The Odessa American from Odessa, Texas on April 1, 2001 · 10
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The Odessa American from Odessa, Texas · 10

Odessa, Texas
Issue Date:
Sunday, April 1, 2001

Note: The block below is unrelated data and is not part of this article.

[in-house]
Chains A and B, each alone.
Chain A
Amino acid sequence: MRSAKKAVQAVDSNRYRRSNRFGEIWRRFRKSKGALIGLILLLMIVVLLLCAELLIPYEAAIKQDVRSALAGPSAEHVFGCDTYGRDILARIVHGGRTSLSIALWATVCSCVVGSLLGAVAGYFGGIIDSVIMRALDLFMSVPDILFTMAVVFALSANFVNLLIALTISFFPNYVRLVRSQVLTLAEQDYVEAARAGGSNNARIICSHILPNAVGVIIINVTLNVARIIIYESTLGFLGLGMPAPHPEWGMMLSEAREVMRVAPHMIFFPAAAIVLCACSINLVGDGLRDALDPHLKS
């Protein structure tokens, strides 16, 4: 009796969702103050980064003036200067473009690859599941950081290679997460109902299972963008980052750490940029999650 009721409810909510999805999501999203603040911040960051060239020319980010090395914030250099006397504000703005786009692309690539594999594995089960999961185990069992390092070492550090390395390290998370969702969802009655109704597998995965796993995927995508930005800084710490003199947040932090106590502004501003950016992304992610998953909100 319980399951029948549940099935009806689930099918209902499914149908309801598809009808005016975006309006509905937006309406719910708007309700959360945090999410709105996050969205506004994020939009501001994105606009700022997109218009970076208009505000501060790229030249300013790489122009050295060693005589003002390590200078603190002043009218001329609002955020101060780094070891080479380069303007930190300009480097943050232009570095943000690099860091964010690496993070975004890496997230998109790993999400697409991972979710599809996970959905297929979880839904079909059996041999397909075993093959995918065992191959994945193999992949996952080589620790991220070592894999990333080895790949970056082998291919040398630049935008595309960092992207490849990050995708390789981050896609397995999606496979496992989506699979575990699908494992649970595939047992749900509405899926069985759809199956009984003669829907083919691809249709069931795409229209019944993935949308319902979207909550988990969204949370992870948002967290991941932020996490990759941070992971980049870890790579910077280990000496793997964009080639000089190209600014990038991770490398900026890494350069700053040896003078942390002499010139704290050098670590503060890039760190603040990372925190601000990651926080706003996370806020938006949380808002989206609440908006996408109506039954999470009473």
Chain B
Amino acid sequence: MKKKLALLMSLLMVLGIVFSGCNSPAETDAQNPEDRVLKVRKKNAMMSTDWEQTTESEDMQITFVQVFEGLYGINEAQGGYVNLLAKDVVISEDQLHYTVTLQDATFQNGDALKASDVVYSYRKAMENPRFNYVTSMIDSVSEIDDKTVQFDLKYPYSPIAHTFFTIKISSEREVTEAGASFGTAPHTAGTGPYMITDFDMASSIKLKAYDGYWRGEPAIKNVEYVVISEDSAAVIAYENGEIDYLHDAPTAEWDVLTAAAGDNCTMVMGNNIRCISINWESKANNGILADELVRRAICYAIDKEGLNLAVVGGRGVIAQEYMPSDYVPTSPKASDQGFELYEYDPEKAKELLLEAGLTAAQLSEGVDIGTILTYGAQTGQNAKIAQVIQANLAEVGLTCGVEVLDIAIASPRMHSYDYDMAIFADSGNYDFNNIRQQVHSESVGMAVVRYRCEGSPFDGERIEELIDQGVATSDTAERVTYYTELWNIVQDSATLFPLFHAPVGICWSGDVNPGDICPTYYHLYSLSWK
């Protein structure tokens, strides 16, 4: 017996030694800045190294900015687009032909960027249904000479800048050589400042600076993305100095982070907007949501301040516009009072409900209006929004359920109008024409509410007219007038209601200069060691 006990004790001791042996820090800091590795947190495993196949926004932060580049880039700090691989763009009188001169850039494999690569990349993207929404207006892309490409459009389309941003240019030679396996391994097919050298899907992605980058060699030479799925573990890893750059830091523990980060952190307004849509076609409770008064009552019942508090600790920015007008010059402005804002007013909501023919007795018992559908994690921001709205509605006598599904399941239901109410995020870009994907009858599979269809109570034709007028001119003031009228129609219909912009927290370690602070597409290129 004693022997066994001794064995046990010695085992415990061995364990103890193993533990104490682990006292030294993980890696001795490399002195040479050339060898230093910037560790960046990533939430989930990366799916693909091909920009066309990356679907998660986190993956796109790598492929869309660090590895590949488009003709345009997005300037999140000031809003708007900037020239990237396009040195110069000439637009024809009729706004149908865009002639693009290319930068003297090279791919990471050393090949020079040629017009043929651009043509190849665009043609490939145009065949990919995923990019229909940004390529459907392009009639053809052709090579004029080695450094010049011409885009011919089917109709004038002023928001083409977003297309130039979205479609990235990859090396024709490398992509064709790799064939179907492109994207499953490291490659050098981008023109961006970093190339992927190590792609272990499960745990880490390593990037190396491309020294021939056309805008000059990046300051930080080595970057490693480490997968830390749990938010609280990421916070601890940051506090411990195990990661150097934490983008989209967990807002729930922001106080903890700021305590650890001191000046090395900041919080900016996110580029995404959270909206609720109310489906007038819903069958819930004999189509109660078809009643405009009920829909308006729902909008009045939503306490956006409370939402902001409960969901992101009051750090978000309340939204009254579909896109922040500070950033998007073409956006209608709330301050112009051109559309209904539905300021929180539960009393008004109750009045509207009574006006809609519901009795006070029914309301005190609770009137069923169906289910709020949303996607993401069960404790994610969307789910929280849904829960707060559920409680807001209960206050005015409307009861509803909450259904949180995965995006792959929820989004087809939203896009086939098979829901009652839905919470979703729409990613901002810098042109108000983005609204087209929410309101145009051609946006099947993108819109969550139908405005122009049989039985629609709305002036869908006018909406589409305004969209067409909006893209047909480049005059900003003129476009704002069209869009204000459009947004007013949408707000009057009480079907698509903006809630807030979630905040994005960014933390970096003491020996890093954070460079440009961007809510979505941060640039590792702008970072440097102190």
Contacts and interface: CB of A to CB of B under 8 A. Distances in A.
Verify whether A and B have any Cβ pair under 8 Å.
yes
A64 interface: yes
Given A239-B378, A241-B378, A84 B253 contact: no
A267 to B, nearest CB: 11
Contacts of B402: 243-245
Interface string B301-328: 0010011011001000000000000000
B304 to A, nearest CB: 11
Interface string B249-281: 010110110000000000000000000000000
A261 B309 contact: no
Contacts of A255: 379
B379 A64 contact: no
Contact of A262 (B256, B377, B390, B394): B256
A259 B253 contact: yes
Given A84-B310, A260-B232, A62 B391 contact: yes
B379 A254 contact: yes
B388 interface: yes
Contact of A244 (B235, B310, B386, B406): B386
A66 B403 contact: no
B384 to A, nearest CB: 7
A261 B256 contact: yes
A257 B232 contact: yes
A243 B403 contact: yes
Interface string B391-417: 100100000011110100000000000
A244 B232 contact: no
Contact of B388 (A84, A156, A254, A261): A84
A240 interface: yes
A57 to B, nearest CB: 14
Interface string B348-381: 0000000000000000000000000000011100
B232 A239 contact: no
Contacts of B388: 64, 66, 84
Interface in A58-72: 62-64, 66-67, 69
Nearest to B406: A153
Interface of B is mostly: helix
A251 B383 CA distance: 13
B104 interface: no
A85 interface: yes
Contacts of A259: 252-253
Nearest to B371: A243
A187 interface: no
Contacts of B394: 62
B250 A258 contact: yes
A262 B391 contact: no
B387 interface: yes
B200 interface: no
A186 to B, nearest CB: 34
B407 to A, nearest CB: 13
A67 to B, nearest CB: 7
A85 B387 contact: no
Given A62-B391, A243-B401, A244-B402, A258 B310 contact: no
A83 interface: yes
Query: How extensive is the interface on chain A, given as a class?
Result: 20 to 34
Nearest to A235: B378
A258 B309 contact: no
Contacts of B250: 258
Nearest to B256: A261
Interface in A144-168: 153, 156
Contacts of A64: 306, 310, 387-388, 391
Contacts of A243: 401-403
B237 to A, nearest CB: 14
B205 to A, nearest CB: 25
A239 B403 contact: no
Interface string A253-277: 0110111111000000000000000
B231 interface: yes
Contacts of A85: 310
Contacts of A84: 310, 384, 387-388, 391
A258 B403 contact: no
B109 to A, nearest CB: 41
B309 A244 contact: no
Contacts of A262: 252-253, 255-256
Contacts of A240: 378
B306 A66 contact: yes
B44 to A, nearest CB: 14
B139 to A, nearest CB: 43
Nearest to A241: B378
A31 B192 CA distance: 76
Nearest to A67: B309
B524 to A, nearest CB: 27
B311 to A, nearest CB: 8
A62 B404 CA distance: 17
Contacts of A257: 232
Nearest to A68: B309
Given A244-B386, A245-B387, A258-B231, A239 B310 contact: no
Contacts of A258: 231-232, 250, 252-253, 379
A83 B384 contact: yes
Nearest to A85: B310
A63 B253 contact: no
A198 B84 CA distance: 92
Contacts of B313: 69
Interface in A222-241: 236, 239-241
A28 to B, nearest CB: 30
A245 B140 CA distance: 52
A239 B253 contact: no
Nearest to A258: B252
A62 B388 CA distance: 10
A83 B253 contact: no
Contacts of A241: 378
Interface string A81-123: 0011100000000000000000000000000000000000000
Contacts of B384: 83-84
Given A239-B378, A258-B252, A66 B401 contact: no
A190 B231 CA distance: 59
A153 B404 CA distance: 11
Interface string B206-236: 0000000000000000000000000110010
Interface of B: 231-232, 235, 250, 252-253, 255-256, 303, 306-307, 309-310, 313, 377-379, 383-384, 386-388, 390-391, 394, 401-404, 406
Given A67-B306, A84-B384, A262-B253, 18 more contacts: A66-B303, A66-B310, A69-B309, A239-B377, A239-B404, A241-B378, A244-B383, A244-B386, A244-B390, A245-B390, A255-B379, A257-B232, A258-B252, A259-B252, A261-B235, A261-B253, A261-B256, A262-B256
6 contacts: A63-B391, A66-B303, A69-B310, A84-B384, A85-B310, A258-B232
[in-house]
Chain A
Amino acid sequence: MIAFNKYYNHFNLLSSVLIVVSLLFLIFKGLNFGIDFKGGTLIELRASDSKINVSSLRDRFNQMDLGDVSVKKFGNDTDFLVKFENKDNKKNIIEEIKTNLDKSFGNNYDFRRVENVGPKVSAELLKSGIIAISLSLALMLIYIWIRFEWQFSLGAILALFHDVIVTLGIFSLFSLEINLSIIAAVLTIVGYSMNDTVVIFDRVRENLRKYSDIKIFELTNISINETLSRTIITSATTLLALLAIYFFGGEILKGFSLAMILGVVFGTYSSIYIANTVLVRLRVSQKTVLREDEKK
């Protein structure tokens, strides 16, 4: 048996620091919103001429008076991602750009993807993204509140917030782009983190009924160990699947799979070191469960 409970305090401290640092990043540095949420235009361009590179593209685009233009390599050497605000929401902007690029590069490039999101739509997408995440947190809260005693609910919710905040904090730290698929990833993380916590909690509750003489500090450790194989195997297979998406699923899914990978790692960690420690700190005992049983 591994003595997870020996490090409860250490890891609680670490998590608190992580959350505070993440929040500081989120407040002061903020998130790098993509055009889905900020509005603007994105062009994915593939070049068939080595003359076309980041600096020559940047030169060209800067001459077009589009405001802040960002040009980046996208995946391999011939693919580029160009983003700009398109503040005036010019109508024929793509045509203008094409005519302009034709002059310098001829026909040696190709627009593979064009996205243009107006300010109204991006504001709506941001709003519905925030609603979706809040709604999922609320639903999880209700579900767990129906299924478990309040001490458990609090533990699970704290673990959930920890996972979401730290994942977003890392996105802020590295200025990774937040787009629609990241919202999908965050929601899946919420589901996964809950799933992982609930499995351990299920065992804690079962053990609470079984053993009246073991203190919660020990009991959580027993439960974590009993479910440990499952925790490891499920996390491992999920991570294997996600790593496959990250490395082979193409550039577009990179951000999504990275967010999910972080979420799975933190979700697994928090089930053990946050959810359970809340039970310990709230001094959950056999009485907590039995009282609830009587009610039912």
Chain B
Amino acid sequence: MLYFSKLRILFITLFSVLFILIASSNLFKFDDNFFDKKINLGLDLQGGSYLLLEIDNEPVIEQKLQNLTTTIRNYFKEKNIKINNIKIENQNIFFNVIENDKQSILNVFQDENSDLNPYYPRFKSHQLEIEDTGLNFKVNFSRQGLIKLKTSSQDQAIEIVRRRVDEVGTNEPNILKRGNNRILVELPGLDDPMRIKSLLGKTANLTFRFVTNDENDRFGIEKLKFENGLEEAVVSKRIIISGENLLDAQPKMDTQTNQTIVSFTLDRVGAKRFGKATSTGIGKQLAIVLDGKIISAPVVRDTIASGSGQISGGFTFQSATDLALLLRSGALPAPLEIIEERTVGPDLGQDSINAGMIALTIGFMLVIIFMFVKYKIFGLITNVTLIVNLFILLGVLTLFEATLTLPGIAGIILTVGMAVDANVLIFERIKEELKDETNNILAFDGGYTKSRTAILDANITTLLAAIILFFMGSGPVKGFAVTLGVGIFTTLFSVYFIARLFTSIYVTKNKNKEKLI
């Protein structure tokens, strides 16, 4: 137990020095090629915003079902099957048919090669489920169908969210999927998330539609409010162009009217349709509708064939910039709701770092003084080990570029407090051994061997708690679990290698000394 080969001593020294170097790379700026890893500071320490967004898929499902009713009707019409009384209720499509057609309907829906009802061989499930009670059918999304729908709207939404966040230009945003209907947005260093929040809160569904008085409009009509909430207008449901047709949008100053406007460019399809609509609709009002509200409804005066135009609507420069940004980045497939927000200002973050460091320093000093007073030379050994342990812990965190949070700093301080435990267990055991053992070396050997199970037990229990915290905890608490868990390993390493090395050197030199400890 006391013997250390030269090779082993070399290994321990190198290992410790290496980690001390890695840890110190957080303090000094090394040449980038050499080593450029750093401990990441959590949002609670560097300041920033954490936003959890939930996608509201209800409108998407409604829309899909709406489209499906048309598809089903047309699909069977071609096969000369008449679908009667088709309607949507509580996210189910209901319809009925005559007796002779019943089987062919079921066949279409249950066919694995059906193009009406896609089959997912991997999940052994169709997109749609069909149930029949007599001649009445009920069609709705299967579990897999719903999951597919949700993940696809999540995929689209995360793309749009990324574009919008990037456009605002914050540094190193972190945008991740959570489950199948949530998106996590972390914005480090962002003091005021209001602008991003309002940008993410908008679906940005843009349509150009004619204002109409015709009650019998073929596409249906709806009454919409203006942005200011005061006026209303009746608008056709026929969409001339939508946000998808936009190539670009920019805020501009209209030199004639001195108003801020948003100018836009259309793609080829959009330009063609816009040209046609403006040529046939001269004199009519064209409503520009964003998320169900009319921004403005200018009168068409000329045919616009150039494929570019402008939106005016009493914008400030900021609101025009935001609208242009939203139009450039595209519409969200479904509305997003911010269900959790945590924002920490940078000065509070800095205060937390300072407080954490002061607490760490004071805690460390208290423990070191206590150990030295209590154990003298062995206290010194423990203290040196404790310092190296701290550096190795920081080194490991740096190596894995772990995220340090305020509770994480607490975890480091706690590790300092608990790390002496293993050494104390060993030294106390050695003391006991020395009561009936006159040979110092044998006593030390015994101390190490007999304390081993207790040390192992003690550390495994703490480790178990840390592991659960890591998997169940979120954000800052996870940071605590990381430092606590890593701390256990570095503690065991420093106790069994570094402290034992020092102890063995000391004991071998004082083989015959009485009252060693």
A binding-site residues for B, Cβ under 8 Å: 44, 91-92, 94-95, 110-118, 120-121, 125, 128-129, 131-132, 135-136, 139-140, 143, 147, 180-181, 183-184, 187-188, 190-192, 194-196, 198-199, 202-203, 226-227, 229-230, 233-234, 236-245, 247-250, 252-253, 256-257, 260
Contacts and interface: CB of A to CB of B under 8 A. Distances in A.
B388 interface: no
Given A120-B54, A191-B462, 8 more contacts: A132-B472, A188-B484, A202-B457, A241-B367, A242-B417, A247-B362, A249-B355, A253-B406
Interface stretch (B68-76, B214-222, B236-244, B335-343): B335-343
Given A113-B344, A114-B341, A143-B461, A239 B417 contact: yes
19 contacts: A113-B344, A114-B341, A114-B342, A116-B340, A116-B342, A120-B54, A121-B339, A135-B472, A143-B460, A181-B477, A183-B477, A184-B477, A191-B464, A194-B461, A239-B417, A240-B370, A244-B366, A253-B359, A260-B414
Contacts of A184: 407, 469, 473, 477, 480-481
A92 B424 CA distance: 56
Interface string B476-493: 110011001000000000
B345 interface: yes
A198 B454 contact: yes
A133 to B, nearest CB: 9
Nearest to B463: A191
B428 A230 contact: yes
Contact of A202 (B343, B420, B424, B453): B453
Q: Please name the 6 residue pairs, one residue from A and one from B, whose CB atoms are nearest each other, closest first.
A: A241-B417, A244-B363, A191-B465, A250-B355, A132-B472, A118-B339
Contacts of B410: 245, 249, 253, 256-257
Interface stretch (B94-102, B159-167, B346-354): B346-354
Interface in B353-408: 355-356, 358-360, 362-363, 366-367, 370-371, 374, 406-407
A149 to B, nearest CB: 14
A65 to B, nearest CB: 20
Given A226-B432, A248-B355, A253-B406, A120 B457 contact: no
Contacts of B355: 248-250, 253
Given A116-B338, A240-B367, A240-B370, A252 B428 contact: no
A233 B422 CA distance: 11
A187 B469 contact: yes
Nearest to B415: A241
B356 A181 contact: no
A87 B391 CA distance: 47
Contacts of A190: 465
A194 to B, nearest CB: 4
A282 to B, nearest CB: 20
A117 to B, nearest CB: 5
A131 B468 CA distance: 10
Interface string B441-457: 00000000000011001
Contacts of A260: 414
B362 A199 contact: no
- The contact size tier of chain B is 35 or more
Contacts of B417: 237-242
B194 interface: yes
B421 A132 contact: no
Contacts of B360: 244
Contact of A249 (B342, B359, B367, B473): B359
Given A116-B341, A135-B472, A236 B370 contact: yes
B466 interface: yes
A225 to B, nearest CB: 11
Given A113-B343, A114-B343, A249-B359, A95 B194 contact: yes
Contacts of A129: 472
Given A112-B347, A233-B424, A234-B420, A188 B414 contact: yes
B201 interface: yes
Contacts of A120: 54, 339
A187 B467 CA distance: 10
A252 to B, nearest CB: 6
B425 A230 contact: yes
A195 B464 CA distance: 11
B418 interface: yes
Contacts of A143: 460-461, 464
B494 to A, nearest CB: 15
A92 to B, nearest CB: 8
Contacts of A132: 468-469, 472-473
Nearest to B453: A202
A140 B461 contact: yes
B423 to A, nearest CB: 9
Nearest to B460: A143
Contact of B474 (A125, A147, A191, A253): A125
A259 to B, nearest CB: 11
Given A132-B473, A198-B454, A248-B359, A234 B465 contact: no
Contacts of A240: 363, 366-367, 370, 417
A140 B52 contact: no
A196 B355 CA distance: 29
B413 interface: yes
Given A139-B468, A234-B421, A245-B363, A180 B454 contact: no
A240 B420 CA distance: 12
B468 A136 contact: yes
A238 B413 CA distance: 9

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r 10A ODESSA AMERICAN SUNDAY, April 1. 2001 Scientists loot; to drain gas from West African lake LAKE NYOS, Cameroon (AP) It began quietly, with a white mist that bubbled out of this crater lake deep in Cameroon's mountainous interior. The mist formed into a cloud, dropped over a cliff and poured down lush valleys, speeding silently through sleeping villages. Minutes later, the placid lake erupted, spewing out an enormous burst of water that created a 200-foot wave and a concentrated fog of carbon dioxide vented from deep inside the Earth, The cloud blasted through twisting valleys, spreading more than 12 miles before dissipating. In the villages closest to Lake Nyos, nearly everything died. Helicopters that swept overhead the next day found cows, dogs and birds lying in the green fields and neatly swept dirt yards. Nearly 90 percent of the people in the worst-hit villages were dead, many still in then-beds where the gas quietly smothered them. In all, some 1,700 people were killed. The exact number remains unknown, "It's printed on my mind," said Andrew Ewen, a 29-year-old schoolteacher who escaped the gas but lost 15 relatives in the 1986 disaster. "I remember it as the day when everything went wrong." L Onva recent afternoon, a small team of Cameroonian scientists watches from an inflatable boat as a thick jet of water shoots skyward from a raft tethered into the center of Lake Nyos. A plastic pipe, about twice the size of a fire hose, drops from the raft for 670 feet into the calm, steel-gray water, nearly reaching the lake floor, With the water shooting out comes something "We have nowhere else we can go." Celine Nkeng CAMEROON RESIDENT "TWO THUMBS UP!" "IOTS OF LAUGHS TO BE HMO" "in i i -I -H m,nmxtuuai heart BREAKeRS ' -- CENTURY THEATRES ODESSA 12 Hwy. 19) at Preston Smith Rd. 366-FILM else: carbon dioxide gas. Fifteen years after Nyos exploded, the lake is slowly very slowly being drained of its danger. In February, an international team of scientists successfully completed the first phase in ensuring Lake Nyos does not blow again, installing a venting system to allow gas to escape, and a lakeshore alarm that wails if carbon dioxide levels are too high. The reason why it can be smelled in the air, tinged with smoke from brush fires set by farmers burning fields ahead of the planting season. The Lake Nyos area may remain officially off limits to everyone but scientists and soldiers, but : hundreds, if ,not thousands, of people have returned. And so has the gas. "The danger is very high," said George Kling, a scientist with the de-gassing team, speaking from his office at the University of Michigan. "The gas in the lake could be released at any time." Carbon dioxide, a non-toxic gas that is seldom harmful in small amounts, bubbles up from deep underground, seeping through cracks of old volcanoes throughout Cameroon's mountains. In most places the gas blows out harmlessly, but . at Nyos it builds up in enormous amounts on the lake bottom trapped by the weight of the water. An overwhelming gas concentration or sudden outside factor such as a landslide can churn up the carbon dioxide-laden waters, causing a sudden eruption of m 1 1 a wm 12:00-2:05-4:20-7:00-9:05 1:00-3:15-5:20-7:30-9:45 No Passes or VIPS All You Can Eat 2931 E. Hwy: 80 Odessa, Tx 334-6899 STEVEN SEAGAL DMX A A M 'THIS. IS- GONNA HURT l H iRl-". rM- "3i?$lNa bNIWODQAIzl tUOAEUEMT Hwy 191 ai Presioii Sniuh Rrt 0.33) f.US O.U3 ENGAGEMENT J 366-34 ' ? 9:40 10:25 SOMEONE LIKE YOU PG-13) 12:00-2,1 0( 4:25) 7:10-9:40 Academy Award Winner GLADIATOR mi 12:35( 4:00) 7 00-10:00 HEARTBREAKERS (PG-i3 12:05-2:401 5:1 5) 7:50-10:30 THE BROTHERS mi 12:3O-2:50( 5:00) 7:30-9:45 Academy Awaid Winner CROUCHING TIGER, HIDDEN DRAGON pg-igi 1Z:1U-Z:4U 5:ZUl :ai-10:3u digital Academy Award Win TRAFFIC (B 1:05( 4 00) 7:00-10:00 THE MEXICAN ,i 12:0O-2:35 5:10) 7:50-10:25 OiGITAL EXIT WOUNDS mi 12:05-1 :00-2:2O-3:3O( 4:45-5:55) 7:05-8:05-9 40-10:25 32 CHOCOLAT,pa-i3i DKSrTAL '12:15-2:451 5:20) 8:00-10:20 vjnn lucHniniPG-U) :12:15-2:15(4:15) 6:15-8:15-10 20 digital jO BROTHER, WHERE ART THOU?ipg-i3i OK3ITAI '12:10-2 251 4 45) 715-9 45 oksital 1 "THREE LITTLE WORDS.. Prr1 T" i iif Ar- i SEE THISTVDVIE!' MTV RADIO 4 pnonr-7 jJ il. "'A 1 hcy couldn't get lucky if they tried. ityi&f mdatrtp.crrVtomcats gas, much like shaking a bottle of soda. The gas kills by blocking oxygen to the lungs, suffocating its victims. At Nyos, the single pipe is releasing only slightly more gas than naturally seeps into the lake. Scientists say they need four or five additional pipes to sufficiently reduce carbon dioxide levels. However, that could cost $2 million more, and there are no donors in sight. Living with the risk of another eruption is part of daily life for the scientists working at the lake. They know the signs of danger odd smells, watery eyes but they also know that if the carbon dioxide alarm goes off and they are unable to race up the hills fast enough to stay above the gas, their last breaths will not be of oxygen. Few, though, appear worried. To the scientists drawn here from around the world, living on the crater rim in a sprawl of tents and half-built wooden structures everyone calls Nyos -City, the lake , offers a fascinating phenomenon to study They quickly get lost hi their work. They can also see the villagers returning. "At first I was afraid," said Luc Sigha, a hydrochemist with the Cameroonian team monitoring the venting program. "But we're giving life to other people here." The people around Lake Nyos, impoverished farmers and cattle-herders living in mud-walled homes far from electricity and telephones, know a great deal about fear. The survivors remember stumbling through corpse-filled villages. The,y remember getting out of hospitals to find their homes looted of everything from cooking pots to tin roofs. They still talk about the strange noises and the stench of sulfur that drifted from the lake that evening. They recall the rumors that sped along the area's dirt roads after the explosion, rumors of skirmishes, bombs and villages devoid of life. Still, they are back. "We have nowhere else we can go," said Celine Nkeng, a bent-over woman hoeing fields of corn and yams just a few miles away. "This is the only place where we can grow enough food to feed our children." The land around Nyos is highly fertile, with a dark, rich soil. Keeping farmers from it in a country where almost a third of the country is unemployed and 40 percent live in poverty is nearly impossible. "Most of these people were born here, and are very attached to their ancestral roots," said Gregory Tanyileke, a geochemist from Cameroon's Institute for Geological and Mining Research who runs' the program monitoring the vent. "No matter what happens, they'll return." 1 -t!f?iM sntm 3 Stadium Seating Digital Surround Sound THX BARGAIN MATINEES INDICATED () SPTBDS (PfiJoo (12:0O-2:05-40)-7:00-9:OS SEE SPOT RUN (PE) eh (12:1 5-2:40-4:55-7:1 5-9:30 SPT KIDS (PC) EH (1:00-3:15-501-7:30-9:45 ElEmjraUTESJIILEBJ 1:OW:001-7:IIO-9: TOM UTS (R EH (12:00-2M:35j-7:15-9:30 UT IT ISN'T SO (R CO 12:00-2:1 W:35-7:05-5 CAST AWAT (P6-13) (2:00-5:00-t:15 RECESS: SCHOOL'S ( cm (125-225430) HANNIEtJU. (R) 7:00-9:45 WHAT WOMEN WIT (Pt-13) EH . MISS COXCEIUUTf (PG-13 era (12:1M:50-725 SWEET NOVEMBER (Pt-13) EZH . (2:30)-9:50 HANNIBAL (R) 4:15-90 MfM'Mcn (2:001-7:05 :00-4:00-7:00-9: NoPassesVIPS 4 ; NO VIP PASSES SUPERSAVERS S2 00 ALL SEATS-ALL SHQWS-TUESDAV 50c -ALL SHOWS VAUMIH (ft) 13 DATS P-I3) SUCMSriCE(PM3)ETB FINDING FORESTER (PB-13) 1:40-4:25-7:10-3:30 1:35-4:20-7:05-9:5(1 2:15-4:45-7:15-1:40 1:35-4:20-7:05-9:50 MEET THE PMEWTS P6-13I1. 2:11-4:40-7:05-9:35 DUDE WHERE'S MY (PG-13) 2:30-4:30-7:00-9:15 VERTICAL LIMIT (P6-13) 1:45-4:20-7:10-9:45 galvlL',lJHIrfltlfa17AJ!1?ll. Annual CitvWtde April 1st -4:30 7:00 PM EirativOKG T . ' Sponsored bv tloyd bwin Park First Baptist Church & Mission Odessa V RAUL RAMOS, M.D; Infants, children & adolescents ANNOUNCES RELOCATION OF HIS OFFICE TO: 419 West 4th Suite 205 Odessa, Texas 79761 Please call for appointments at (915) 580-5400 Now accepting New Patients . JL- GET $30 OFF THE UJ" ' WORLD'S MOST PRESCRIBED I - " CONTAQ LENSES I ' Z2S 1 Visit )ur partitipating Eye Core Professional for on eye exam and expert 0 ooVke on ciSoosing the type of ACUVUE" (lljD Brand Gnract Lens rhot's for jrou. Purchase eJ- your lenses from the some examining Texas State Othcm. professional. Then follow these four easy fvkvwi).vkTiu steps to receive $30 off a year's supply of ACUVUE, A0miE2, BIFOCAL, TORIC, 420 North Grant SUREVUE' w off 1-DAY ACUVUE. Downtown Odessa a -i i i ir 2-0717 AvUVUt JJJU XJ I X 0 CONTACT fciM 9 HMBHBHpiHWHaHiaJ . v &4fr', i.V, 1 - "i" , AP PHOTO A scientist heads towards the de-gassing fountain on an inflatable boat on Lake Nyos in- the northwestern Cameroon, March 8, 2001. Fifteen years after Nyos exploded, the lake is very slowly being drained of its danger. But scientists say the carbon dioxide levels in Nyos are currently higher than at the time of the explosion. The Market Grill & Bar Catering fSh Lunckeon , Ey Buffet ft W 'Party The Globe of the Great Southwest presents GOSPEL featuring Pete Almanza & Mary Ellis CountryWestern Sagebrush Sounds & Jennifer Mahan Keen Saturday. April 7, 2001 - 7:00PM TICKETS: in advance $5.00 at door $6.00 2308 Shakespeare Road (Odessa College Campus) For Reservations call (91 5) 332-1 586 or (915) 580-31 77 l.bpls & 1&h?leumd 362-2385 It r Jim rii 'iojMttj,, sonieorie iiKjgyou w-A sofneonei(ieeyouTiovie com NOW PLAYING CENTURY THEATRES CENTURY ODESSA 12 Hwv. 191 iSt Prwton 5mrth Rrf DcnieAtMiwKTOiToscj.F06SHOmii(si!sitatoscu: 366-3456 4 . A I SOROtEAD Sat, April 7 -All Day Sunday., April 8 Noon 5 p.m. HELD ON THE HISTORIC DOWNTOWN STREETS OF STANTON, TEXAS JUST A SHOOT AS MINUTE A9IJT tV Entertainment, Arts & Crafts, Antiques, A AftiVOLUTION FFTI PICTURES P.O. Box 86 Stanton, TX 70782 015756-2006 No Passes -VI PS A )W- 1 .... & f tf r ail